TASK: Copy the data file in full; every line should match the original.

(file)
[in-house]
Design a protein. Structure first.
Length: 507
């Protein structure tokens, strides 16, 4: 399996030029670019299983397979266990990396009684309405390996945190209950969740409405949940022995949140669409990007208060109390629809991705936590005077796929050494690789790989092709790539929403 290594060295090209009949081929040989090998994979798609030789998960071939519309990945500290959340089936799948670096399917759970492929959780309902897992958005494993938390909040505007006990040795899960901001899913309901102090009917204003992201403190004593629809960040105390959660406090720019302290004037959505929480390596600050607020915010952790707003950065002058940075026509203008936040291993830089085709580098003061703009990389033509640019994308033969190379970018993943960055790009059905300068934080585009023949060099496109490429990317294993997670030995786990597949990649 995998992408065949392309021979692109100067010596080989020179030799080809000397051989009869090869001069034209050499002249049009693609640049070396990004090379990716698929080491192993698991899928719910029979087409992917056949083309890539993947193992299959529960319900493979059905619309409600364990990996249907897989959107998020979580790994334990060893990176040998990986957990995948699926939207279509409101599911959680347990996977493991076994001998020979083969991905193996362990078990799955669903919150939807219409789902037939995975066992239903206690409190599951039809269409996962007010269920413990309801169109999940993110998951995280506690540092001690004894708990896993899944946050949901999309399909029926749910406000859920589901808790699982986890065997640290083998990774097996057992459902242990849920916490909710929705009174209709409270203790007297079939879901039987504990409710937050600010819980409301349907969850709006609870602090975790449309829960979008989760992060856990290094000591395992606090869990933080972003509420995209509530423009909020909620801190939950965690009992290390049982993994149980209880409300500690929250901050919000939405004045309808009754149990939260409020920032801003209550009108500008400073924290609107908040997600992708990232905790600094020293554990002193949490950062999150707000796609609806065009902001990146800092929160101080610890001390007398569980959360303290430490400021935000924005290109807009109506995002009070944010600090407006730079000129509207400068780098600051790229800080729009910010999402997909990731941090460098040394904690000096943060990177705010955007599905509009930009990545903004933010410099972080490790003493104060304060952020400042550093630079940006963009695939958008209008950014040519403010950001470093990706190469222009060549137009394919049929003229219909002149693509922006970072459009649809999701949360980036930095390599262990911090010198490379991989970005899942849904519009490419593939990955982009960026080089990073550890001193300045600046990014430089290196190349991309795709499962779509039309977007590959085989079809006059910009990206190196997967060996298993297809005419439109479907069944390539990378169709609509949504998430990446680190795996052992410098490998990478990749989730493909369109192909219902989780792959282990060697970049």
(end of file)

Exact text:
[in-house]
Design a protein. Structure first.
Length: 507
């Protein structure tokens, strides 16, 4: 399996030029670019299983397979266990990396009684309405390996945190209950969740409405949940022995949140669409990007208060109390629809991705936590005077796929050494690789790989092709790539929403 290594060295090209009949081929040989090998994979798609030789998960071939519309990945500290959340089936799948670096399917759970492929959780309902897992958005494993938390909040505007006990040795899960901001899913309901102090009917204003992201403190004593629809960040105390959660406090720019302290004037959505929480390596600050607020915010952790707003950065002058940075026509203008936040291993830089085709580098003061703009990389033509640019994308033969190379970018993943960055790009059905300068934080585009023949060099496109490429990317294993997670030995786990597949990649 995998992408065949392309021979692109100067010596080989020179030799080809000397051989009869090869001069034209050499002249049009693609640049070396990004090379990716698929080491192993698991899928719910029979087409992917056949083309890539993947193992299959529960319900493979059905619309409600364990990996249907897989959107998020979580790994334990060893990176040998990986957990995948699926939207279509409101599911959680347990996977493991076994001998020979083969991905193996362990078990799955669903919150939807219409789902037939995975066992239903206690409190599951039809269409996962007010269920413990309801169109999940993110998951995280506690540092001690004894708990896993899944946050949901999309399909029926749910406000859920589901808790699982986890065997640290083998990774097996057992459902242990849920916490909710929705009174209709409270203790007297079939879901039987504990409710937050600010819980409301349907969850709006609870602090975790449309829960979008989760992060856990290094000591395992606090869990933080972003509420995209509530423009909020909620801190939950965690009992290390049982993994149980209880409300500690929250901050919000939405004045309808009754149990939260409020920032801003209550009108500008400073924290609107908040997600992708990232905790600094020293554990002193949490950062999150707000796609609806065009902001990146800092929160101080610890001390007398569980959360303290430490400021935000924005290109807009109506995002009070944010600090407006730079000129509207400068780098600051790229800080729009910010999402997909990731941090460098040394904690000096943060990177705010955007599905509009930009990545903004933010410099972080490790003493104060304060952020400042550093630079940006963009695939958008209008950014040519403010950001470093990706190469222009060549137009394919049929003229219909002149693509922006970072459009649809999701949360980036930095390599262990911090010198490379991989970005899942849904519009490419593939990955982009960026080089990073550890001193300045600046990014430089290196190349991309795709499962779509039309977007590959085989079809006059910009990206190196997967060996298993297809005419439109479907069944390539990378169709609509949504998430990446680190795996052992410098490998990478990749989730493909369109192909219902989780792959282990060697970049």